The law will remain the same after Brexit, but there is currently an EU-wide review of DCPC. The UK has responded to this review, along with 27 other EU countries. Nothing has been finalised, including the review process itself. Whatever proposals made will still have to go through the normal EU legislative channels, which includes consultation with the Government and stakeholders.

What about periodic training for TMs?

Currently, there’s no legal requirement for a TM to undergo any periodic or refresher training.

Many people achieved their Transport Manager CPC over 30 years ago and in that time, the rules have changed a lot. We’re expecting the drivers to be updated on a five yearly cycle, but how up-to-date is the TM? There is potential risk to a business having a TM that’s out of date on the current situation.

Over the last four or five years we’ve noticed a lot of people booking onto our TM refresher course proactively and the feedback afterwards is always positive – they’ve learnt something new and been reminded of their responsibilities. If the TM is also a driver and they come on a course with the RHA,

They can log 14 hours towards their CPC.

Should drivers who are exempt from DCPC still attend training?

The overall objective of DCPC is to improve road safety. A driver who is exempt from DCPC isn’t exempt from the rules of the road. Some companies ensure all drivers sit the training courses regardless of whether it is a requirement or not.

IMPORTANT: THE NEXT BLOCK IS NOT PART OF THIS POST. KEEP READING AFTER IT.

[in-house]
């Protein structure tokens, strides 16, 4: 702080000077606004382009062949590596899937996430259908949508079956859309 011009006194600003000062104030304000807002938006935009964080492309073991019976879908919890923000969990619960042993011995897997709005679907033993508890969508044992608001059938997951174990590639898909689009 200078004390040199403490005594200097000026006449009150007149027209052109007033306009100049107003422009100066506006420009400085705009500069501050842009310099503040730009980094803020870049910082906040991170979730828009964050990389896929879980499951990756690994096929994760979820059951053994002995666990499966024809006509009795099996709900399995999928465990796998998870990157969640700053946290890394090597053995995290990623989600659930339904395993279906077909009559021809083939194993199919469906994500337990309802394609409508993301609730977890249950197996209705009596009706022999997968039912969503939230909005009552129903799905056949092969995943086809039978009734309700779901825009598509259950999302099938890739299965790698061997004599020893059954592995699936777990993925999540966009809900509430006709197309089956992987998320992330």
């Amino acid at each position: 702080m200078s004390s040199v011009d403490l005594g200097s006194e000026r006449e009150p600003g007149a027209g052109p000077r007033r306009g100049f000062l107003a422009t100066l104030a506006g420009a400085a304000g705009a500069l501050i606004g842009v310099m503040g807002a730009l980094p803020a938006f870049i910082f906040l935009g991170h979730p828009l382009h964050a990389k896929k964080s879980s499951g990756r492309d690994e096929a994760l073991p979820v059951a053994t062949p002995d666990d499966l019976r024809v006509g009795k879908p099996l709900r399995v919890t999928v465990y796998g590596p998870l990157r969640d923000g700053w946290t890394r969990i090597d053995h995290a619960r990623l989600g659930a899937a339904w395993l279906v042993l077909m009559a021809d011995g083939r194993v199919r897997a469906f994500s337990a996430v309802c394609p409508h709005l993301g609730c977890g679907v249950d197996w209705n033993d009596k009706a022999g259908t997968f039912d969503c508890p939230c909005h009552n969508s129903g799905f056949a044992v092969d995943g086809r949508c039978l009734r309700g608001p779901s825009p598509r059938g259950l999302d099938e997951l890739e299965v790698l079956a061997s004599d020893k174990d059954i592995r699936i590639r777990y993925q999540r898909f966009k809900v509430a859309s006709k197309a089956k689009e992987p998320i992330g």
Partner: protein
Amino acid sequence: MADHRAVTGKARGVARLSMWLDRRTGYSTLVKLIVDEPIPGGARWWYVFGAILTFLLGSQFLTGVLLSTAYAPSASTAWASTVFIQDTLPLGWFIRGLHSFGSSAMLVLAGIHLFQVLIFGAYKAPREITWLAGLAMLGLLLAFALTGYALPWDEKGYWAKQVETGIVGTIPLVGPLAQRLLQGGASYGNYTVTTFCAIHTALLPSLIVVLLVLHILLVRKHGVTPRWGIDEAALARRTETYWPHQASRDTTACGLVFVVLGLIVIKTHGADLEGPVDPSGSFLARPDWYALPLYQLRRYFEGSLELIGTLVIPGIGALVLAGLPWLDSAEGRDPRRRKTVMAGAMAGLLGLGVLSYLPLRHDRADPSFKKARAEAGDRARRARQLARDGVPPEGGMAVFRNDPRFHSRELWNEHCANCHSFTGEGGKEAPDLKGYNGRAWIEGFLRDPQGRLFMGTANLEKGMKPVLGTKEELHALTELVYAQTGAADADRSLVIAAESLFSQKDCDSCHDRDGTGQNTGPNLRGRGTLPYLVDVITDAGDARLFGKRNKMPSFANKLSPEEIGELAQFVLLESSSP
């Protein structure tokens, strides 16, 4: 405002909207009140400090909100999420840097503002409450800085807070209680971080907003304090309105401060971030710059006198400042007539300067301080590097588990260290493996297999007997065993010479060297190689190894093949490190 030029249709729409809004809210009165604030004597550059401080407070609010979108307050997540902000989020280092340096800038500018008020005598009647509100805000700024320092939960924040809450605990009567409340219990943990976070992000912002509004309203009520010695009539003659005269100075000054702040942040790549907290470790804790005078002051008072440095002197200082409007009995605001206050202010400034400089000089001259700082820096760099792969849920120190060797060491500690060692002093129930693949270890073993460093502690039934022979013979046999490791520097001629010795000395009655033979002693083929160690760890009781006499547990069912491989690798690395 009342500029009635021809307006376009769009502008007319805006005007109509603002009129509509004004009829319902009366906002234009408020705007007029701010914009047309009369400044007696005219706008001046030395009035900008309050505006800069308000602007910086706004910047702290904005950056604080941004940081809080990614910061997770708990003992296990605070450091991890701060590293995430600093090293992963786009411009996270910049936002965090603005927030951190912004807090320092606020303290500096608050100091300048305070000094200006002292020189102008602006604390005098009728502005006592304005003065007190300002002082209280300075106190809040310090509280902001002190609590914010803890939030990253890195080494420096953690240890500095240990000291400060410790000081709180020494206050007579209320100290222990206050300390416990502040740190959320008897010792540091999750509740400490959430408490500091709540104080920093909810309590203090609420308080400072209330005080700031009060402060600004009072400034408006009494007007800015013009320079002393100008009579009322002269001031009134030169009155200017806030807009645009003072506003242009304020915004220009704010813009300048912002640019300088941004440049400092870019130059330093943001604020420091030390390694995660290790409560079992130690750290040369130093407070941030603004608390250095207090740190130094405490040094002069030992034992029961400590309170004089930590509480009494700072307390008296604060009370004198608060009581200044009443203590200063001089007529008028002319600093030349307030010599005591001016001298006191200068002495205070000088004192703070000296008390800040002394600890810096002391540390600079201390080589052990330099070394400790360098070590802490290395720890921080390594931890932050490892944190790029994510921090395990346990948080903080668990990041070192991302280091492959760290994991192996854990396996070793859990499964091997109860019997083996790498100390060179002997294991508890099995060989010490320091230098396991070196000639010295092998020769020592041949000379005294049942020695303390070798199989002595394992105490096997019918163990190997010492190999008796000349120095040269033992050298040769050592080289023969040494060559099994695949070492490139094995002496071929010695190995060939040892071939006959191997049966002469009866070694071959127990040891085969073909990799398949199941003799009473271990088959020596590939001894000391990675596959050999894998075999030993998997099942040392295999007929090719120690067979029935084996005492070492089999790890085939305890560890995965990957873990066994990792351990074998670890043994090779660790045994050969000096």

How do we improve our drivers’ attendance to periodic training?

If a driver is missing it’s probably because they’ve had a bad experience or poor information in the past. It can add potential cost to the operator as they will have to get that person back in again.

You have to get four areas sorted in advance. The right course needs to be chosen to ensure it is good value for money and everyone will get something out of it. The course has to be run in the right location – the drivers have to be comfortable and the trainer needs to be able to deliver the training easily. Choose the right date when it’s quiet in the year. Finally, chose the right trainer: very often we have to dig an operator out of trouble whose drivers have been given the wrong information.

Is there a reason why a Driver Qualification Card (DQC) might expire after four years when it’s actually valid for five?

Ask if the driver gained the card through periodic training as a bus driver, because bus drivers had to complete their DCPC before 2013.

We had one recently where the DQC had two expiry dates on and it was because the driver had both a bus and truck licence, acquiring one after the other which created two expiry dates.

Would it not be a sensible decision to ensure that seven hours DCPC training is delivered annually, to ensure that in any rolling five year period 36 hours of training has been logged?

This is what we’ve been saying since 2009: it should be one day a year which shouldn’t impact on working time. It also helps keep the drivers up to date: we have a course specifically designed for that called the Professional Driver Update course. It’s updated each year so it can be taken every year.